Hundreds of Vincentian and other Caribbean nationals on Oct. 27 paid their last respects to Basil Dublin, described as a “quintessential jokester,” who went to the Great Beyond on Oct. 18. He was 64.
Dublin – a former co-owner of the Golden Apple Restaurant in Kingstown, the Vincentian capital, who hailed from Chapman’s Village, also in St. Vincent and the Grenadines – died in Brooklyn, where he had lived with his wife, Phyllis Payne-Dublin, a registered nurse.
Mourners at Caribe Funeral Home, near Ave. J in East Flatbush, Brooklyn, used myriad superlatives in describing Dublin. Among them: Pleasant, positive attitude, distinguished, sincere, genuine, kind, loving, communal, trustworthy and dependable.
Before rendering “Tear Drops,” Bishop Michael Ellis told the standing-room-only funeral service that he was “here to join with my good friend, Minister Dublin. He’s [was] my friend.”
Ex-police officer Kenneth Matthias, of New Grounds in St. Vincent and the Grenadines, said he and Dublin went “a long way” since they were pupils at the Union Methodist School in South Central Windward in St. Vincent and the Grenadines.
Matthias said Dublin, who had worked in the life insurance industry, had urged him to enroll in life insurance on enlisting in the Royal St. Vincent and the Grenadines Police Force.
“Basil was a very good friend,” said Matthias, stating that he and Dublin had, at one time, lived in the same building in Boston, MA. “You can call on him at any hour of the night.”
Both were also members of the Freedom Hall Church of God on Albany Avenue in Brooklyn, whose pastor is Jamaican Bishop Dr. Cecil Riley, who also eulogized Dublin.
An unidentified mourner, who hails from Dublin’s home village, said she wanted to pay tribute “before I break down.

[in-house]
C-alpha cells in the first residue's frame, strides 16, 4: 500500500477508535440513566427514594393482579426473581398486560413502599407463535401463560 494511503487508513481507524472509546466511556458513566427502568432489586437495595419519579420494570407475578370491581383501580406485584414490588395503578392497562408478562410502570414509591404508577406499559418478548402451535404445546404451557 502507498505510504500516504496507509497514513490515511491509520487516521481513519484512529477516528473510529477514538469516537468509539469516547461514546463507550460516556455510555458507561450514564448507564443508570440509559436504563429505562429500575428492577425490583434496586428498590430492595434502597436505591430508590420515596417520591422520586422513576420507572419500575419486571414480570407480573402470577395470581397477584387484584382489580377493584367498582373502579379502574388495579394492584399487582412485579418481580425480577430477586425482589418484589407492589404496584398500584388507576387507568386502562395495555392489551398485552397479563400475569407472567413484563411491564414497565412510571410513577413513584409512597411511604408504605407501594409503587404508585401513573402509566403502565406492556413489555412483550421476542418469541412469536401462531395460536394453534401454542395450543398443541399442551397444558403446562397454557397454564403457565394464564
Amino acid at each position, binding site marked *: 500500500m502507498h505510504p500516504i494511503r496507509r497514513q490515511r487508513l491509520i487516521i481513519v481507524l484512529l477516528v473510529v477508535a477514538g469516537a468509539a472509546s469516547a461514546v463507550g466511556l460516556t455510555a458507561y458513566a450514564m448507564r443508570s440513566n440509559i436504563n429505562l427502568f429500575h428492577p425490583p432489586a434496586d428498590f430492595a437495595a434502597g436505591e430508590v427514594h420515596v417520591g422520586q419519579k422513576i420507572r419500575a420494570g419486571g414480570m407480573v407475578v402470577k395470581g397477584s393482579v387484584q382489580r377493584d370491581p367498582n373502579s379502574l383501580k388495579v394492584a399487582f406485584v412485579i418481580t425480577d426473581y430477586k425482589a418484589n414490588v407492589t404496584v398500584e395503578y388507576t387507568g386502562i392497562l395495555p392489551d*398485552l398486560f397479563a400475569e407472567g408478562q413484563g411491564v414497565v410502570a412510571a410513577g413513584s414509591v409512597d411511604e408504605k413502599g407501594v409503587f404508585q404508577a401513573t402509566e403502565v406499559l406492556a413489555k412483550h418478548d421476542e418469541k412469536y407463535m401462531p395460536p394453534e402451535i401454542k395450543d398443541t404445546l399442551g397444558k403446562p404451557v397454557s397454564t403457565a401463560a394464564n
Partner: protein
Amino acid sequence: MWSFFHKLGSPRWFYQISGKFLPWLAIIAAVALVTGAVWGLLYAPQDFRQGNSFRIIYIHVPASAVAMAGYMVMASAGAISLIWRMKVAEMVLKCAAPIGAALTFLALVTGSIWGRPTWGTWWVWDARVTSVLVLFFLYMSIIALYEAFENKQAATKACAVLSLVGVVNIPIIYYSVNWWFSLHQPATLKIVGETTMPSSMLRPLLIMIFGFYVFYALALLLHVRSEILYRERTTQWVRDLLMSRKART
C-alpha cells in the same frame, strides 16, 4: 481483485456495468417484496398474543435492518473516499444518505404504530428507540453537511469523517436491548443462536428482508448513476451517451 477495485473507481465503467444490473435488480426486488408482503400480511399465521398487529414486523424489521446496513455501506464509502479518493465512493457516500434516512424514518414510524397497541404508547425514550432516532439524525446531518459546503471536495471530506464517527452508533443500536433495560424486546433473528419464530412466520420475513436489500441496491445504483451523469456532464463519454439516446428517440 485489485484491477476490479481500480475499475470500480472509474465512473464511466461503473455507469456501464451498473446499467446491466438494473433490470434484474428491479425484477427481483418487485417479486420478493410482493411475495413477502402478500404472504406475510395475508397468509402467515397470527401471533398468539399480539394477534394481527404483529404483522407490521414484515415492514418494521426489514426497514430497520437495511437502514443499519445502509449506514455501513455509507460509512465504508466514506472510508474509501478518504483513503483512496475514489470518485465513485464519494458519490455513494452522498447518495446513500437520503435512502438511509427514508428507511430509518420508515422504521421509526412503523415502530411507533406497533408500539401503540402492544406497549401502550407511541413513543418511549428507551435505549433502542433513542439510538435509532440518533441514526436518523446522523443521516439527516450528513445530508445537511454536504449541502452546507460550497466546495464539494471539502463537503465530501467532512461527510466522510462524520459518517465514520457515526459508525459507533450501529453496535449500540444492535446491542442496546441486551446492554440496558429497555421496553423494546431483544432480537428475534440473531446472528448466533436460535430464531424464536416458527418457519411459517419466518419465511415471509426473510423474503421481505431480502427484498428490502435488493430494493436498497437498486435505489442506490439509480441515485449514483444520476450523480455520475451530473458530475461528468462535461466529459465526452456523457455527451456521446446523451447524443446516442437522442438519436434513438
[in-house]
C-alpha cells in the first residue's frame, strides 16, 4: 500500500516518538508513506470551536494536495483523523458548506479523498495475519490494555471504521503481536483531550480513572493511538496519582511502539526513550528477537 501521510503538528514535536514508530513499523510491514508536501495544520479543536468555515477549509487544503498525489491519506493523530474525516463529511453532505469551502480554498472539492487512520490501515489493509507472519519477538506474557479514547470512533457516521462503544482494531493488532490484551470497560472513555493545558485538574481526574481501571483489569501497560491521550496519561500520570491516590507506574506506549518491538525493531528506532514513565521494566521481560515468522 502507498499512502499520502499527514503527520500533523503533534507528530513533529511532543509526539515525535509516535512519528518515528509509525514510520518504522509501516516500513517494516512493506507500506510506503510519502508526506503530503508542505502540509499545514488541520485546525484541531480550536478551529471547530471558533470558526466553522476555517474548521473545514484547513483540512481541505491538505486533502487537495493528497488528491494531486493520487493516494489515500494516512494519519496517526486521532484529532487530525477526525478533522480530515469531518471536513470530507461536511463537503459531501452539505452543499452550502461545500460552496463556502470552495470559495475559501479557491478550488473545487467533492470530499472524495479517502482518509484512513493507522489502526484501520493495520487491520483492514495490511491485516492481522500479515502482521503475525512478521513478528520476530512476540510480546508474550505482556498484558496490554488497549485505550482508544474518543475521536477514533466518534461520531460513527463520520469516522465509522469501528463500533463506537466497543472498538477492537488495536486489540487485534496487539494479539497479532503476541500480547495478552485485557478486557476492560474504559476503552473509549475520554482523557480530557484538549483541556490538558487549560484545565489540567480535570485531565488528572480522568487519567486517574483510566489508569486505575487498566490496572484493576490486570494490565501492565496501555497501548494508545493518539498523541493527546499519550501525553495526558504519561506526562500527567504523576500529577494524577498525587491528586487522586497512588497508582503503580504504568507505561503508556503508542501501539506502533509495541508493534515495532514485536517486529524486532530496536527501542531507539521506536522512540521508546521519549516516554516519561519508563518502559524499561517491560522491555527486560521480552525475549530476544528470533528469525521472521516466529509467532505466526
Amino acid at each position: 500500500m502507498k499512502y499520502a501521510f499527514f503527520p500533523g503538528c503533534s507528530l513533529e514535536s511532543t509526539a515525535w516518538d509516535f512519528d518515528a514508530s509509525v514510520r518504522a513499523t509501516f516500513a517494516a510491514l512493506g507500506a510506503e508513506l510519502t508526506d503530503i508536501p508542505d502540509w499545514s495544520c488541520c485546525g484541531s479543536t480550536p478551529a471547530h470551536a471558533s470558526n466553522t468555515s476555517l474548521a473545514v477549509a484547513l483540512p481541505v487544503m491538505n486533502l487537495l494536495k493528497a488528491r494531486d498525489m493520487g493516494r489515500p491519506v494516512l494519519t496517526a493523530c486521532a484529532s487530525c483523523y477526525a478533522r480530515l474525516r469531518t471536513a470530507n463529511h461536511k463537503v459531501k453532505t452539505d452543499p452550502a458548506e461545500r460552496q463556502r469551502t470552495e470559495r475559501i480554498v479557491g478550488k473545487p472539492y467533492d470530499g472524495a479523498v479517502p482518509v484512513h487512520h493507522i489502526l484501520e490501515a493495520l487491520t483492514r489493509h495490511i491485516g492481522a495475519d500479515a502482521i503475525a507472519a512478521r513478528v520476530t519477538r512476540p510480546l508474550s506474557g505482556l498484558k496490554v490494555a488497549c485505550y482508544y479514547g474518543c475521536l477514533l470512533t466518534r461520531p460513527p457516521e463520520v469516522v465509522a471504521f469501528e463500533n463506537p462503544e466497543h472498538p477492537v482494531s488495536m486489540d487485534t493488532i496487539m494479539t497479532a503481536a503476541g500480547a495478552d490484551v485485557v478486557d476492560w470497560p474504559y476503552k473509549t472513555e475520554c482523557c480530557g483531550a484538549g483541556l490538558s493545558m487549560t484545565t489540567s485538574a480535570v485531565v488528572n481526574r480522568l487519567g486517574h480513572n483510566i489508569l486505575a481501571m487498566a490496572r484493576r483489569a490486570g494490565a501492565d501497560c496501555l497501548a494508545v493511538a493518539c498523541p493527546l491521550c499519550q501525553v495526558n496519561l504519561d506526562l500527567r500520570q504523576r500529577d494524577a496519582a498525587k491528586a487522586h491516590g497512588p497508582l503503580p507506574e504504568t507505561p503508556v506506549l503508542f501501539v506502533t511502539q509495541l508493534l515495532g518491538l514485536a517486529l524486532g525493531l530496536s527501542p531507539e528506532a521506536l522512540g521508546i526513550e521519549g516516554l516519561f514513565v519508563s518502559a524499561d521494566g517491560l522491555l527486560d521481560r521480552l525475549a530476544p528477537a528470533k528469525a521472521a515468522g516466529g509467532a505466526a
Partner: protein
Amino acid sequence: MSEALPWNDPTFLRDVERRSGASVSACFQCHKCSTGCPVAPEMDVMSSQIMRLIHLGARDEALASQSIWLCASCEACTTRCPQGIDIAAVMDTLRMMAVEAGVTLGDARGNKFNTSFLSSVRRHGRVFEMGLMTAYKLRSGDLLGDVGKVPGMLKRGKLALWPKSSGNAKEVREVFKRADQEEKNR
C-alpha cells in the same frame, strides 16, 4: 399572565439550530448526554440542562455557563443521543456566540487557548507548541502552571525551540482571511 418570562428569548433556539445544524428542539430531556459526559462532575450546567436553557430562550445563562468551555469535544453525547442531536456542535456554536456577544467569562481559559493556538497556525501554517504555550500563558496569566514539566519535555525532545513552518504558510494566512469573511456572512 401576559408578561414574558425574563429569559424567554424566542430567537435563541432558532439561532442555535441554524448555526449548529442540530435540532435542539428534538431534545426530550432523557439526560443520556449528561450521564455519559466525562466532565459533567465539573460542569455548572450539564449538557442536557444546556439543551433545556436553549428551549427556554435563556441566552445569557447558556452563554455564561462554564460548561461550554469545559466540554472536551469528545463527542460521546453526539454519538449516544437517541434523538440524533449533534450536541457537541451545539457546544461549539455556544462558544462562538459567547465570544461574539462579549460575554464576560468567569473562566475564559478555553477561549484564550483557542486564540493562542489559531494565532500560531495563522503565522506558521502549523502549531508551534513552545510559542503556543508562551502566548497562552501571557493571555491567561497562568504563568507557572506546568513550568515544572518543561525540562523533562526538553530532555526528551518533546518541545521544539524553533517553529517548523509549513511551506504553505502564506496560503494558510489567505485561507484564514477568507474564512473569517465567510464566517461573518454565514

“Whenever I wanted money, I did not go to my husband; I went to Basil,” she said, as mourners erupted in huge laughter.
“My husband was in the ICU [Intensive Care Unit], with Basil at his side,” she added. “He brought the family together.”
Registered nurse Judith Lewis, a member of the Brooklyn-based St. Vincent and the Grenadines Nurses Association of New York, Inc., read a tribute on behalf of the Chi Eta Phi, Omega Chi Chapter, sorority.
“We, the members, express our sincere condolences to the Dublin family,” Lewis said. “Basil was such a distinguished man with such a pleasing personality and fun to be around.
“He was such a true supporter of this chapter, where his wife, Phyllis, is the current local president,” she added. “This organization’s motto is ‘Service for Humanity.’ And so, we provide service to those in need in the community. During Thanksgiving Holidays, we gather at the Dublin’s home and prepare baskets for the needy.
“At Christmas, we prepare gifts for the residents of a local nursing home, and we gather there again,” Lewis continued. “Never once Basil made us feel unwelcome. Instead, he took us to shop for the items. He was always ready to extend a helping hand.”
Lewis said Dublin, who loved to bake, prepared bakes and salt fish for the group to take on trips or for fundraising activities.
Registered Nurse Celia Bramble, a former president of the St. Vincent and the Grenadines Nurses Association of New York, Inc., said the group stood ready to assist Mrs. Payne-Dublin in any way possible.
Registered Nurse Pamela Charles, of the Caribbean Nurses Association of America, said: “We, as a family of nurses, will like to embrace [the Dublin family].”
One of Dublin’s nieces read a letter penned by Dublin’s elder sister in Tortola, breaking down before she could finish reading it. It was finished by Paul Richards, who also read the obituary.
“Everything he took from somebody, he gave it to me,” said the sister in the letter, to loud laughter. “Basil was a kind and loving person.”
Mourners also broke out with laughter when Beresford Latham, who attended elementary school with Dublin, revealed that he and Dublin were “so close, I’ll keep his secret.”